"As a matter of fact, speaking on racial grounds at this juncture, we have Negroes regularly and in sizeable numbers who serve not only on our grand juries, but on our petit juries as well, and as I say, all courts are sensitive to this problem in this day and time, and that is the reason why I think that I am thoroughly familiar with what is going on in this district."
Like assertions and charges have so recently been considered and found without merit by this Court that we need not here repeat our relevant views. See United States v. Hoffa, 349 F.2d 20, 27-33 (6th Cir. 1965), aff'd 385 U.S. 293, 87 S.Ct. 408, 17 L.Ed.2d 374 (1966).
2. Composition of Local Board No. 20.
a) Appellant claims that there exists nationally and in Tennessee a systematic exclusion of Negroes from membership on Selective Service Boards and that such situation "provides a defense to a Negro's prosecution for failure to submit to induction." The fact that one of the five members of Nashville's Local Board No. 20 was a Negro refutes this claim as a matter of fact. Aside from the factual situation in the case at bar, this general subject was considered by the Fifth Circuit in Clay v. United States, 397 F.2d 901, 909-911 (5th Cir. 1968), remanded on other grounds, sub nom. Giordano v. United States, 394 U.S. 310, 89 S.Ct. 1164, 22 L.Ed.2d 297 (1969). We agree with that decision which held that the composition of each draft board did not have to reflect the racial balance of the community between whites and blacks and that there was not a national purpose to accomplish the charged discrimination.
b) It was stipulated that at the time of trial — March of 1968 — only two of the five members of Local Board No. 20 resided within its jurisdictional boundaries and further that "Mr. Norman D. Baker, Mr. Henry A. McClaron and Mr. Walter E. Gasser, deceased, Members of * * * Board Number 20 * * * reside outside the jurisdictional boundaries of Local Board Number 20." Whether this was the composition of Brooks' draft board when his classification was considered is not clear; neither is it clear how you determine where a deceased person resides.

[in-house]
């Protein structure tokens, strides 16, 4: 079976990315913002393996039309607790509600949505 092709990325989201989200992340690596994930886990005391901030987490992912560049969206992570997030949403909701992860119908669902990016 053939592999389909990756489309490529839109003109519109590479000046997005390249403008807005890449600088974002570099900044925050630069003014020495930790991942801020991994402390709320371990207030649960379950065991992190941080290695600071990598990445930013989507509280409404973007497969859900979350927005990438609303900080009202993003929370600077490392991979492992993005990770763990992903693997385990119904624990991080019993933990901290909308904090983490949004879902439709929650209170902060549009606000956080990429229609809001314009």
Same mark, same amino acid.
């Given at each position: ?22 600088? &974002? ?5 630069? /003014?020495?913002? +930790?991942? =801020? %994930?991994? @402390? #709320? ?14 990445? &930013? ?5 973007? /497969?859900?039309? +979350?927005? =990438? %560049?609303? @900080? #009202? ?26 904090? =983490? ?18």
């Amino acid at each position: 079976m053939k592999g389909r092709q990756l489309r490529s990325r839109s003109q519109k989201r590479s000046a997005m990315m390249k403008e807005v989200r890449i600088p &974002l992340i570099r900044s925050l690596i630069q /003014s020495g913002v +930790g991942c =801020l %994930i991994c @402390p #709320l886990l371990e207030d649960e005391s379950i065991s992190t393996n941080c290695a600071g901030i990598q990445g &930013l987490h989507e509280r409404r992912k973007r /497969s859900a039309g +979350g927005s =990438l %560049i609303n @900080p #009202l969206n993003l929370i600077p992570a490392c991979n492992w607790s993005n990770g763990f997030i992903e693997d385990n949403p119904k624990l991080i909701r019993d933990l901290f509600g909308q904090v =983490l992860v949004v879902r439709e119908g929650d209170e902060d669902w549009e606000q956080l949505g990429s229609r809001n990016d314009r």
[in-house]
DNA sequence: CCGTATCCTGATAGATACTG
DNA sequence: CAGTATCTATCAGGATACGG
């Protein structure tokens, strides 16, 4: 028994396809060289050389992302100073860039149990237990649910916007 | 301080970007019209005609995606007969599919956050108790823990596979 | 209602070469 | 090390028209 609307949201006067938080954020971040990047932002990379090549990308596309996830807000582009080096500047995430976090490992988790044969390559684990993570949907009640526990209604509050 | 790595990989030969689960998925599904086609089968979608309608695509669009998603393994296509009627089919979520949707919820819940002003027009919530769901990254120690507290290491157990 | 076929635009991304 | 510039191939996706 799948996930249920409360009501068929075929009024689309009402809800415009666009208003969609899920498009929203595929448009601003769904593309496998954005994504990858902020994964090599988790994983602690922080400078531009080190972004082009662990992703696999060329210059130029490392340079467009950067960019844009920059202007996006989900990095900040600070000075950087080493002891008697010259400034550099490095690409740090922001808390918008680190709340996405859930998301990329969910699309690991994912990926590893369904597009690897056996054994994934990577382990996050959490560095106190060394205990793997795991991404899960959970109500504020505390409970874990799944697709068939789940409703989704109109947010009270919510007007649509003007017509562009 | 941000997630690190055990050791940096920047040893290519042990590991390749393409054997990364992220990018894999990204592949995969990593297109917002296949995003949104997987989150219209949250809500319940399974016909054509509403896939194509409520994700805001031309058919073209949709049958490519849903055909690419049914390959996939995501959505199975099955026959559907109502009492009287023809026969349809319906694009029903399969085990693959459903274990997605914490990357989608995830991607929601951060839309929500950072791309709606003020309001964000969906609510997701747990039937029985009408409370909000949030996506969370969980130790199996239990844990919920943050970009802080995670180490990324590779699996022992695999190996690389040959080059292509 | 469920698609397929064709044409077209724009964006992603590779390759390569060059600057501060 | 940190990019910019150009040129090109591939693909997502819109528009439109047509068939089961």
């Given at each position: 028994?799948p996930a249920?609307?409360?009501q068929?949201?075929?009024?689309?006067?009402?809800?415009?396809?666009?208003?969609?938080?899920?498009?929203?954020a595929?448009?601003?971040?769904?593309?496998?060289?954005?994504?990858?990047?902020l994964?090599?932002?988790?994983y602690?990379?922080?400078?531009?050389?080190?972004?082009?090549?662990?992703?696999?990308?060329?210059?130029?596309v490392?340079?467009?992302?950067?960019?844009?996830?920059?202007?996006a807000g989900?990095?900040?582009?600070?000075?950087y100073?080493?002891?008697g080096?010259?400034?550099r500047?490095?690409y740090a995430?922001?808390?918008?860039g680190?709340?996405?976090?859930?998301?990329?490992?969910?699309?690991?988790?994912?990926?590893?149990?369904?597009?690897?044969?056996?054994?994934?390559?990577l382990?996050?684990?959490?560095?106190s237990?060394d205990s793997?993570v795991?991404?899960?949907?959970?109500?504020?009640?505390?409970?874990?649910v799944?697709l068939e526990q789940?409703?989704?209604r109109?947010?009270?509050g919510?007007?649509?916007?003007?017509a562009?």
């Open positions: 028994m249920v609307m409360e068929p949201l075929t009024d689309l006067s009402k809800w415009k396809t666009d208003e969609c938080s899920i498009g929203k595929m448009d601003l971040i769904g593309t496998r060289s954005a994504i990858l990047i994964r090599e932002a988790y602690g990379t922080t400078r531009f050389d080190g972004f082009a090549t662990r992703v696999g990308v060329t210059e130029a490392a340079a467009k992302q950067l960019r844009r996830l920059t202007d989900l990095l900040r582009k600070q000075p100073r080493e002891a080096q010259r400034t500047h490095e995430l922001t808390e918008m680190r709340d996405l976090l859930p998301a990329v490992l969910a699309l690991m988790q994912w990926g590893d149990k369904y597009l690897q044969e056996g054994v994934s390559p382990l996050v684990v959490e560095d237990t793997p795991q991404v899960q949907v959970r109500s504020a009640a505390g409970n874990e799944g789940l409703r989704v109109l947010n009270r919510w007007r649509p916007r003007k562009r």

Whatever factual situation was thereby disclosed, the stipulation was offered to support a claim that the Board which ordered Brooks' induction was invalidly composed because of failure to comply with 32 C.F.R. § 1604.52(c) which provides:
"The members of local boards shall be citizens of the United States who shall be residents of a county in which their local board has jurisdiction and who shall also, if at all practicable, be residents of the area in which their local board has jurisdiction." (Emphasis supplied.)
No evidence was taken as to whether it was "at all practicable" to have all members of the board reside in the area in which the local board had jurisdiction. No reliance was put upon this situation as a ground for appeal from Brooks' I-A classification. There was no such appeal. The District Judge ruled on the point as follows:
"The Court is of the opinion that defendant is precluded from raising this defense for failure to exhaust his administrative remedies."
We agree, and consider that such ruling is supported by DuVernay v. United States, 394 F.2d 979, 981 (5th Cir. 1968), affirmed by an equally divided Supreme Court, 394 U.S. 309, 89 S.Ct. 1186, 22 L.Ed.2d 306 (1969).
We consider also that the action of Local Board 20 cannot be here challenged on the ground of the lack of proper residential qualifications of some of its members. It was in all events a de facto board whose action is not subject to this collateral attack. The holding of the Fifth Circuit in Clay v. United States, supra, 397 F.2d at 911, supports this general view.
"The Government argues — and we agree — that a draft board system which does not have a sufficiently representative number of Negro members is comparable to a malapportioned legislature. The acts of such a legislature are not invalid and the laws which it passes are not null and void. The acts of a malapportioned legislature or local or county commission or board are acts of a de facto political authority and valid despite their failure to be apportioned in accordance with Baker v. Carr, 369 U.S. 186, 82 S.Ct. 691, 7 L.Ed.2d 663 (1962), and Avery v. Midland County, Texas, 390 U.S. 474, 88 S.Ct. 1114, 20 L.Ed.2d 45 (1968)."
3. Was Brooks entitled to a student deferment?
Brooks' only basis for avoiding a I-A classification was his claim to II-S deferment as a student. 32 C.F.R. § 1622.25 provides as follows:
"(a) In Class II-S shall be placed any registrant who has requested such deferment and who is satisfactorily pursuing a full-time course of instruction at a college, university, or similar institution of learning, such deferment to continue until such registrant completes the requirement for his baccalaureate degree, fails to pursue satisfactorily a full-time course of instruction, * * *." (Emphasis supplied.)